With the sound off, images from a new advocacy video touting the merits of medical marijuana could blend seamlessly into a commercial for the latest model of pickup — a burly Texan, clad in a cowboy hat, strides past bales of freshly cut hay, tinkers with a tractor and even feeds a horse.
The Austin American-Statesman reports the similarity is no coincidence.
Proponents of loosening marijuana prohibitions in the state are mounting a concerted effort to take their message to West Texas and other predominantly rural regions of the state. That’s because they concluded in the wake of last year’s legislative session that support among lawmakers had less to do with political affiliation than with the proximity of their districts to major urban centers.
“Our real goal is to change the face of cannabis,” particularly for West Texans, said Jax Finkel, executive director of Texas NORML, the state’s chapter of the National Organization for the Reform of Marijuana Laws.
“The stereotype (marijuana user) is the pothead hippie from the ’70s,” Finkel said. “It’s really time to push back on that. People aren’t thinking of an active, hardworking person who wants to stay active and hardworking” but requires access to medical marijuana to do so.
A number of high-profile bills that, by varying degrees, would have lifted marijuana restrictions in Texas cleared legislative committees during the 2017 regular session of the state Legislature, but they all died before coming up for a vote in either chamber.
One of those unsuccessful bills — HB 2107, aimed at making “whole plant” marijuana broadly legal in the state for medical purposes — had 78 legislative sponsors, with nearly 40 percent of them Republicans.
“But, basically, there was like this huge gray wall out in West Texas and the Panhandle (and) all the way down to the border,” in terms of a lack of support from lawmakers elected from those areas, Finkel said. “So we just think there’s a lot of education to be done” in West Texas about medical cannabis and who can benefit from it.
Enter “Richard,” the 51-year-old, blue-collar narrator of the new videos produced by the Foundation for an Informed Texas, an educational offshoot of Texas NORML. The group is hoping West Texans and other rural residents will identify with him enough to listen to his message, learn more about medical cannabis and track their representatives’ positions on it during the 2019 legislative session.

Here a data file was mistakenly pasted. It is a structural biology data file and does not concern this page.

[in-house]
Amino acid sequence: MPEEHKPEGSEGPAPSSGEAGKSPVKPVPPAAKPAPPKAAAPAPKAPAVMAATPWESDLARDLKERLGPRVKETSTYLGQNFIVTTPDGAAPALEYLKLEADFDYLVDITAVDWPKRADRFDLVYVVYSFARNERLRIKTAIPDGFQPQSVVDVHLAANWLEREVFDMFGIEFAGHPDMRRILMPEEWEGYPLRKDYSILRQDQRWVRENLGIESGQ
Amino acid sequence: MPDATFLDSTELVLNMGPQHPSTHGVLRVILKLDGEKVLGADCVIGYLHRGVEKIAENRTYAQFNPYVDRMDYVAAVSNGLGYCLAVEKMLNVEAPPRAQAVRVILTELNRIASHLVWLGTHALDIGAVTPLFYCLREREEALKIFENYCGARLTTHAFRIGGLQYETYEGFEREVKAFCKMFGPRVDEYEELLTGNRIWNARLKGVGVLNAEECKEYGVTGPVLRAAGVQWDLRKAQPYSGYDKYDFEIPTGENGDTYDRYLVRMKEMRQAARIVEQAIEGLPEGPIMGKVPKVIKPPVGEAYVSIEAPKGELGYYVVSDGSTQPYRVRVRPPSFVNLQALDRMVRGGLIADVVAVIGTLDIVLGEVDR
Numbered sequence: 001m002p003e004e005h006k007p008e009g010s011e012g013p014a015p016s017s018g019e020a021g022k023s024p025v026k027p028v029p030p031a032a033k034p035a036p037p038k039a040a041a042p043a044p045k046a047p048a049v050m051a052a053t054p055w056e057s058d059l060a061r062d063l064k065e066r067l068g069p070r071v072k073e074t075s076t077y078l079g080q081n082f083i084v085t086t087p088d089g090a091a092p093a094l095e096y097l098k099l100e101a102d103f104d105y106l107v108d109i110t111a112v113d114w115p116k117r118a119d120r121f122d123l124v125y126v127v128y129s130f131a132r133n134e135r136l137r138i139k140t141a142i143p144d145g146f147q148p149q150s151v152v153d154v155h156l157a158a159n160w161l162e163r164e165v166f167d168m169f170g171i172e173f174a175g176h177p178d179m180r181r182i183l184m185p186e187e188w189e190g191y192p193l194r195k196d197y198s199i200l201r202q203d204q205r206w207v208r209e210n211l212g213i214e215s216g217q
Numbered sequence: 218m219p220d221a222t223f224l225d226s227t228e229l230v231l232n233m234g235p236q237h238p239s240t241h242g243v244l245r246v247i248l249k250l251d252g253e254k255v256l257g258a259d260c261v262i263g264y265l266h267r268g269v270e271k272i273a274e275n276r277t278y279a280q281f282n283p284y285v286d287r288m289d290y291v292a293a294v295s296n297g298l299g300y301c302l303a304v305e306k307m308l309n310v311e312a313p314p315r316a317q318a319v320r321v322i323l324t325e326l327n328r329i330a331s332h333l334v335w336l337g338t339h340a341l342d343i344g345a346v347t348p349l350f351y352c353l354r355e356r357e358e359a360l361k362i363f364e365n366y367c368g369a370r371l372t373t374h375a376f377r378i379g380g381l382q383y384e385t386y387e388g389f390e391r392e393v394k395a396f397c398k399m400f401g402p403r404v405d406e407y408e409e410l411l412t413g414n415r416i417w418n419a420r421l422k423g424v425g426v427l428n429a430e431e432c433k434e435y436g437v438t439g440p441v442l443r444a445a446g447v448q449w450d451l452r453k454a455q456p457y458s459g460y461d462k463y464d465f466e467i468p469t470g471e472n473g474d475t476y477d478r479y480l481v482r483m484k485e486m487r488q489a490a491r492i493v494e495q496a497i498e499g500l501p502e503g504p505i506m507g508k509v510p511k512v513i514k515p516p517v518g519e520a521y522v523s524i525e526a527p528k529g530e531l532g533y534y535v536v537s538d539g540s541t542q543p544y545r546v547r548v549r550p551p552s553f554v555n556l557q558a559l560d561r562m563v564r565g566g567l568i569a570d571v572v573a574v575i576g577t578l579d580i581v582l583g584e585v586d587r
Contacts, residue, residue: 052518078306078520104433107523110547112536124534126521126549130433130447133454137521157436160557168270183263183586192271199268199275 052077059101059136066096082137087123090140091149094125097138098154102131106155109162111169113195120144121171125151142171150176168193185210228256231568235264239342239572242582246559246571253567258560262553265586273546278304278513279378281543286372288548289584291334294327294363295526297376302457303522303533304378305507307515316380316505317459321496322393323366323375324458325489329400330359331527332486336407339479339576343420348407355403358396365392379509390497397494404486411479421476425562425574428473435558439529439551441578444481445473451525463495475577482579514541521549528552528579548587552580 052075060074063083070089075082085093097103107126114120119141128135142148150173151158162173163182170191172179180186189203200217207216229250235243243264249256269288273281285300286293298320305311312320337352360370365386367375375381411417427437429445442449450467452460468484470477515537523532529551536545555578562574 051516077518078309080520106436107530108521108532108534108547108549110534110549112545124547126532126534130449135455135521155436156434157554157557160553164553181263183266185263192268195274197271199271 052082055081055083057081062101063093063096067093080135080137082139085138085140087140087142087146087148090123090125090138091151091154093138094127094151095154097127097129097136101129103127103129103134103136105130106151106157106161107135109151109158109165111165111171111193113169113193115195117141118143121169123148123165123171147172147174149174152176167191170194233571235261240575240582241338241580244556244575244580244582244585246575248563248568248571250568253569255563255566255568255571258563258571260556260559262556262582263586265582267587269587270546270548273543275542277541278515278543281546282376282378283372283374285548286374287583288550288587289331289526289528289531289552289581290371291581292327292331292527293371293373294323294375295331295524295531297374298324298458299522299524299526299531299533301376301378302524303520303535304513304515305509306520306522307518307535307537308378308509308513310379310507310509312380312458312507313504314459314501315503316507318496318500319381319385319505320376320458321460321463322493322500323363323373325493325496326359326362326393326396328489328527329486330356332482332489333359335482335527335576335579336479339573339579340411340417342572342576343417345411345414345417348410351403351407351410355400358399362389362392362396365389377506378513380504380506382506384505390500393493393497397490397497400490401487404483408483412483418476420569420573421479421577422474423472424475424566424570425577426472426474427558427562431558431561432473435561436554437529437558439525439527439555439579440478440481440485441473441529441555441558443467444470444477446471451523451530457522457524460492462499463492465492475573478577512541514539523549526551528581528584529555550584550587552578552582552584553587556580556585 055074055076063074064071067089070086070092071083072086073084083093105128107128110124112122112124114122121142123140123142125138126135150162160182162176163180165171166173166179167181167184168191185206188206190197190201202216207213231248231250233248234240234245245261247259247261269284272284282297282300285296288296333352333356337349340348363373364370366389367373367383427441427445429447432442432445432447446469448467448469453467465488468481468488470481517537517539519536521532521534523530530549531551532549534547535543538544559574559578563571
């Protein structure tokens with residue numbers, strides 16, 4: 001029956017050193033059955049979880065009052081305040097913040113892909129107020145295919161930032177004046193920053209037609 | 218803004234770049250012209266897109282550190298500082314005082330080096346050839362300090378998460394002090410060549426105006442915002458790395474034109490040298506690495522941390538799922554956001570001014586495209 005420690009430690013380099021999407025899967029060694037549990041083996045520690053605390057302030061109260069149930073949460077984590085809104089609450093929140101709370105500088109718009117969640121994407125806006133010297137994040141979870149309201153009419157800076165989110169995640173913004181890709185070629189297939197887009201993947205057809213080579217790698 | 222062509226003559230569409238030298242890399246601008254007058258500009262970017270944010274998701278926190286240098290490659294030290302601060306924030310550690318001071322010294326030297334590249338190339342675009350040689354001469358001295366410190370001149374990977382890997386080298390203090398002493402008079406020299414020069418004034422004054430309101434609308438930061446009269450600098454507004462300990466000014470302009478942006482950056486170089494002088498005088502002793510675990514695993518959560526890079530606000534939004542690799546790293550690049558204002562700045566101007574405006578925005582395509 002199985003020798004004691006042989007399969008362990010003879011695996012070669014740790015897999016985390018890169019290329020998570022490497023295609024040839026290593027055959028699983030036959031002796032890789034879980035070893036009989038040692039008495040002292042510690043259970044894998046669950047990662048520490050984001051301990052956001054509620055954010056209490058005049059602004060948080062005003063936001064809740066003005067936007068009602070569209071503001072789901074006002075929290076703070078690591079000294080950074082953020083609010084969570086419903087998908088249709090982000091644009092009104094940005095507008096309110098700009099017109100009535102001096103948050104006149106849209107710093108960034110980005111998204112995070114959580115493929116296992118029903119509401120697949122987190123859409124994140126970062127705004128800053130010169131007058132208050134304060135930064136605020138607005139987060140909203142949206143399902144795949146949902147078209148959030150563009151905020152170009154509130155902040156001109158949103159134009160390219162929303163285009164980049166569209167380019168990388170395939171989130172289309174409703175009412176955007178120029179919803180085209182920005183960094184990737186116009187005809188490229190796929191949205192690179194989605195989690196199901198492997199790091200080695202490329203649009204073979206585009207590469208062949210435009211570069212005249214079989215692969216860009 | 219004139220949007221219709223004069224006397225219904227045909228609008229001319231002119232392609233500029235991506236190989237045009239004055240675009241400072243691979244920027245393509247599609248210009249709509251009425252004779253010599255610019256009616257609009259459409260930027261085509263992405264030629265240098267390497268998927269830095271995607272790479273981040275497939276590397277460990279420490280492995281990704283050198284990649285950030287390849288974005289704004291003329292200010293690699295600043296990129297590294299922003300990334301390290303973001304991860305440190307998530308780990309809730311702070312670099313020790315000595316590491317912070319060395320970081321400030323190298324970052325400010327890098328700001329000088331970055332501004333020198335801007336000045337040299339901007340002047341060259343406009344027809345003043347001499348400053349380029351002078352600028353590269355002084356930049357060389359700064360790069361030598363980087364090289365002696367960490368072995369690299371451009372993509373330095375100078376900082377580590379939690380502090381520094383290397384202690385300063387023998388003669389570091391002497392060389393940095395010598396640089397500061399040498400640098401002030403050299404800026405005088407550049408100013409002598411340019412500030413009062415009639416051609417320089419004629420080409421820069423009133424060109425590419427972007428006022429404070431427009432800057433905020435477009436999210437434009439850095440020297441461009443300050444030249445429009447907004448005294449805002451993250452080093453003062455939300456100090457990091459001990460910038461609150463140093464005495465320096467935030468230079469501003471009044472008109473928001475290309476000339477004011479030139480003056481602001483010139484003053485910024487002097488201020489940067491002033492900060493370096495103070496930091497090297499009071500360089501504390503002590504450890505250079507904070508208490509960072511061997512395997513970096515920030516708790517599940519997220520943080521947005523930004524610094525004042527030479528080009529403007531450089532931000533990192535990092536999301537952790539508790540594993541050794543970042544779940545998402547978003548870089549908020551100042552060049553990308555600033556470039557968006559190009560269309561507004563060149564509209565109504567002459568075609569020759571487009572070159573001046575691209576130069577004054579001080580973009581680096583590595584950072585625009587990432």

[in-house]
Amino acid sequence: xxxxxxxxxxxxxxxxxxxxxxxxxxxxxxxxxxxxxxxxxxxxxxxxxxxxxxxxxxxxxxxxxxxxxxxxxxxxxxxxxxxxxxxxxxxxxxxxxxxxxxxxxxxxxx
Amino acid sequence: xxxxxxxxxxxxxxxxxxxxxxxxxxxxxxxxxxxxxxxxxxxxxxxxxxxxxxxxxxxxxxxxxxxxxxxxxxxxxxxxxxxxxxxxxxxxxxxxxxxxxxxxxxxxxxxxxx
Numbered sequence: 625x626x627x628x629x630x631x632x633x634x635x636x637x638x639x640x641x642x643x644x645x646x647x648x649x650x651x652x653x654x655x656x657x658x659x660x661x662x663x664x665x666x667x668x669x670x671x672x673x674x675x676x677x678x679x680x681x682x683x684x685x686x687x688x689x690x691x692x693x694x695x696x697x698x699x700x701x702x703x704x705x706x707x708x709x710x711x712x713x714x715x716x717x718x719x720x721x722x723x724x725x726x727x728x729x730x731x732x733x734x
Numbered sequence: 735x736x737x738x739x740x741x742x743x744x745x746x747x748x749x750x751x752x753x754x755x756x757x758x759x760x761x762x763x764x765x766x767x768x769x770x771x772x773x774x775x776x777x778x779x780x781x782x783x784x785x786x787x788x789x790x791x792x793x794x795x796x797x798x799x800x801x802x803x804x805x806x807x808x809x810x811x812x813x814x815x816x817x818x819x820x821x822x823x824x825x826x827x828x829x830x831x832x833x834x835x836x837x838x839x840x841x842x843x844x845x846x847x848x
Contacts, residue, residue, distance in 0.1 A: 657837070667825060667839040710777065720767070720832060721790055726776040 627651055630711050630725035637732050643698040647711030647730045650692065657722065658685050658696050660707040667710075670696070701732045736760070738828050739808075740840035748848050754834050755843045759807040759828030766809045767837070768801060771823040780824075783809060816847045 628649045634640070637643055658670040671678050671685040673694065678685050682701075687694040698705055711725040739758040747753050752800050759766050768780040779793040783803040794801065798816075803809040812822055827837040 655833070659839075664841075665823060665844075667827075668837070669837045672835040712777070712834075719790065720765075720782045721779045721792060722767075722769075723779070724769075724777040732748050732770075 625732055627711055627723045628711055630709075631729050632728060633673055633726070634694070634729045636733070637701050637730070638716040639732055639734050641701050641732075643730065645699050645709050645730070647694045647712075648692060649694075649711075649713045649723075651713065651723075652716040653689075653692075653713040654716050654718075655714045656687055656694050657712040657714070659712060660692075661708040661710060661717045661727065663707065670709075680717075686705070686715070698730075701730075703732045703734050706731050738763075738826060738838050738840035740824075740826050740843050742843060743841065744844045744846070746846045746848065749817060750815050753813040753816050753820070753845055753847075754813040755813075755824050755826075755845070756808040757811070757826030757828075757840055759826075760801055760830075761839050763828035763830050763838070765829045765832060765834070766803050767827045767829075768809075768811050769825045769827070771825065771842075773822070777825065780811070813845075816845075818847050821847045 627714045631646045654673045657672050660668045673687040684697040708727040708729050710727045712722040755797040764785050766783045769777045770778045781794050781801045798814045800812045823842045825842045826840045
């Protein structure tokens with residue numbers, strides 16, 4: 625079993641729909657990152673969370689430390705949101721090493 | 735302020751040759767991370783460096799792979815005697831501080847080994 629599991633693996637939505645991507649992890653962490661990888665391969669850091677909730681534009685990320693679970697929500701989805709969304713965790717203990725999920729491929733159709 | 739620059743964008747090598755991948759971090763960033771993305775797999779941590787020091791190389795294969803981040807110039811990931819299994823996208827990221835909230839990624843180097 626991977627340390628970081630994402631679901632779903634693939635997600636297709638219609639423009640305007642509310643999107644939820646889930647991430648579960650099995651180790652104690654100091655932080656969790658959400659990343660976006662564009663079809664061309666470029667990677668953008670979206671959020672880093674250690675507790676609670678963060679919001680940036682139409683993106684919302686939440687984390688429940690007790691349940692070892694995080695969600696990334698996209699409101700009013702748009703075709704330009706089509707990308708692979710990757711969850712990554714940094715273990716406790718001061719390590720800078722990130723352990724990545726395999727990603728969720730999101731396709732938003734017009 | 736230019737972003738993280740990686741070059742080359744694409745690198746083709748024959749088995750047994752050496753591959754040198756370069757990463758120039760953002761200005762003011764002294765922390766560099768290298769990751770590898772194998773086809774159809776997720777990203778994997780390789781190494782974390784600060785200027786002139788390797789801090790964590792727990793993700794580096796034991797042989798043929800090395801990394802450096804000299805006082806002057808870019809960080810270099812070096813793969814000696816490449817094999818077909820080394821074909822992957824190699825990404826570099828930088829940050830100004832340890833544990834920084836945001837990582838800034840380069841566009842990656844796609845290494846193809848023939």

Richard declined through Texas NORML to provide his full name. Finkel said he’s “an authentic medical patient” who relies on cannabis to deal with repetitive stress injuries and chronic pain suffered during a long career in the oil-and-gas industry and the renewable energy sector.
In the videos, he says the issue is one of “medical freedom,” because “every Texan should be able to choose remedies that work for them” without interference.
“There’s no reason that Texans should have to risk arrest or addiction to opioids in order to get relief” from pain or other medical conditions, he says.
He also emphasizes that the Compassionate Use Act, a narrow medical cannabis law approved by the state Legislature in 2015, doesn’t provide any legal access to cannabis products for the vast majority of Texans. The law mandates that such products only contain CBD oil — or cannabidiol, a non-psychoactive extract of both marijuana and hemp — and it limits use to patients suffering from a rare form of epilepsy and under a doctor’s direction.
Initial testing of the new videos in West Texas social media markets has garnered positive feedback, Finkel said, and the Foundation for an Informed Texas is hoping to raise about $140,000 — on top of $20,000 already raised — for a comprehensive campaign that would run into the 2019 legislative session and include radio and some cable TV spots.
Jim Henson, director of the Texas Politics Project at the University of Texas, said the effort “makes sense as a political strategy” for advocates of medical cannabis.
A University of Texas/Texas Tribune poll early last year found that 24 percent of respondents who identified as Republican said that marijuana shouldn’t be legal under any circumstances, compared with 13 percent of Democrats who felt that way. But despite the difference, the 76 percent of Republicans willing to consider some level of legalization still represented a large majority of GOP respondents.
“There seems to be pretty good grounds here for a legislative education campaign,” Henson said, in terms of letting potential voters know more about the issue and how their local lawmakers stand on it.
Politicians typically are cautious and “reticent to get too far ahead of public opinion” on controversial issues, Henson said. That seems to be the case with aspects of marijuana legalization, he said, because “the Legislature has appeared to be lagging behind public attitudes on this,” providing an opening for a strong advocacy campaign to potentially tip the issue.
Finkel’s group is still developing its campaign, but one area where it’s likely to focus includes the district of state Rep. Four Price, R-Amarillo, who chairs the House Committee on Public Health. Price allowed HB 2107 to come up for a vote in his committee during last year’s legislative session, although he opposed it.
His chief of staff, Hal Talton, said Price’s office is “studying the issue of medical marijuana this interim” in advance of the 2019 session.
Regardless, Finkel said she’s optimistic as her group ramps up its campaign.
“With better education, we think we are going to be able to empower people to better understand what is going on in the upcoming legislative session,” she said. “We think we can make this a more deeply penetrating issue, and then people can make decisions for themselves” as to how they feel about their lawmakers’ positions on it.
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